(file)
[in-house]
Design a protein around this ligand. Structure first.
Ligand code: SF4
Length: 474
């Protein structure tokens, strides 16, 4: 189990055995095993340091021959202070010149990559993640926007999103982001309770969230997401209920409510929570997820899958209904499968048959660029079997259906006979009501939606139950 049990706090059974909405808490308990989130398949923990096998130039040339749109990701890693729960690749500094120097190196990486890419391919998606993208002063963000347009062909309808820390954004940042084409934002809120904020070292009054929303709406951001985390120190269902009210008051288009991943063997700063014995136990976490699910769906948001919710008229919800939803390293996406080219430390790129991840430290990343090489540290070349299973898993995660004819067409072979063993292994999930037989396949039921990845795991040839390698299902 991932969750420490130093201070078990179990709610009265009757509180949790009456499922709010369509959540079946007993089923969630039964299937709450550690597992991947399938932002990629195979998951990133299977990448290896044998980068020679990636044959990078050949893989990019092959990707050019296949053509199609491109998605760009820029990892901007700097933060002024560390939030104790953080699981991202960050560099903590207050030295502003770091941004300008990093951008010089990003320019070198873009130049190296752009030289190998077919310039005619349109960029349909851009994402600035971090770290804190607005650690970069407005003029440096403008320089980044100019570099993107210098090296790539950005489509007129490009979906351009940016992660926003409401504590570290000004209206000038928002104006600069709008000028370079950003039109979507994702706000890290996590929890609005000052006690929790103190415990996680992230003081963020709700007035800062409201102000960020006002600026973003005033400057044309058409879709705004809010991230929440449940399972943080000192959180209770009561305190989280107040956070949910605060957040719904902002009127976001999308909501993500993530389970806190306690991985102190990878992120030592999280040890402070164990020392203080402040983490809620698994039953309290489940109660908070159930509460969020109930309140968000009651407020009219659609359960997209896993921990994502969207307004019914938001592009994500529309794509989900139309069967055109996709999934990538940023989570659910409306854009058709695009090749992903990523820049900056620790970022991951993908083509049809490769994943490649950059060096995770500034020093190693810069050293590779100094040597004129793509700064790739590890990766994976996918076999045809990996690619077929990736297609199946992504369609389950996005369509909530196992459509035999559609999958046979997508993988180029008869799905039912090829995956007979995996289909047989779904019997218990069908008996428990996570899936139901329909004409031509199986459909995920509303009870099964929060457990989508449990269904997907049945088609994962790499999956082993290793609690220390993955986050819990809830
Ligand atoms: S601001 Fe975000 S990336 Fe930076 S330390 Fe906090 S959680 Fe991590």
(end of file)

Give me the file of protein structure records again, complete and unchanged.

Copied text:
[in-house]
Design a protein around this ligand. Structure first.
Ligand code: SF4
Length: 474
């Protein structure tokens, strides 16, 4: 189990055995095993340091021959202070010149990559993640926007999103982001309770969230997401209920409510929570997820899958209904499968048959660029079997259906006979009501939606139950 049990706090059974909405808490308990989130398949923990096998130039040339749109990701890693729960690749500094120097190196990486890419391919998606993208002063963000347009062909309808820390954004940042084409934002809120904020070292009054929303709406951001985390120190269902009210008051288009991943063997700063014995136990976490699910769906948001919710008229919800939803390293996406080219430390790129991840430290990343090489540290070349299973898993995660004819067409072979063993292994999930037989396949039921990845795991040839390698299902 991932969750420490130093201070078990179990709610009265009757509180949790009456499922709010369509959540079946007993089923969630039964299937709450550690597992991947399938932002990629195979998951990133299977990448290896044998980068020679990636044959990078050949893989990019092959990707050019296949053509199609491109998605760009820029990892901007700097933060002024560390939030104790953080699981991202960050560099903590207050030295502003770091941004300008990093951008010089990003320019070198873009130049190296752009030289190998077919310039005619349109960029349909851009994402600035971090770290804190607005650690970069407005003029440096403008320089980044100019570099993107210098090296790539950005489509007129490009979906351009940016992660926003409401504590570290000004209206000038928002104006600069709008000028370079950003039109979507994702706000890290996590929890609005000052006690929790103190415990996680992230003081963020709700007035800062409201102000960020006002600026973003005033400057044309058409879709705004809010991230929440449940399972943080000192959180209770009561305190989280107040956070949910605060957040719904902002009127976001999308909501993500993530389970806190306690991985102190990878992120030592999280040890402070164990020392203080402040983490809620698994039953309290489940109660908070159930509460969020109930309140968000009651407020009219659609359960997209896993921990994502969207307004019914938001592009994500529309794509989900139309069967055109996709999934990538940023989570659910409306854009058709695009090749992903990523820049900056620790970022991951993908083509049809490769994943490649950059060096995770500034020093190693810069050293590779100094040597004129793509700064790739590890990766994976996918076999045809990996690619077929990736297609199946992504369609389950996005369509909530196992459509035999559609999958046979997508993988180029008869799905039912090829995956007979995996289909047989779904019997218990069908008996428990996570899936139901329909004409031509199986459909995920509303009870099964929060457990989508449990269904997907049945088609994962790499999956082993290793609690220390993955986050819990809830
Ligand atoms: S601001 Fe975000 S990336 Fe930076 S330390 Fe906090 S959680 Fe991590």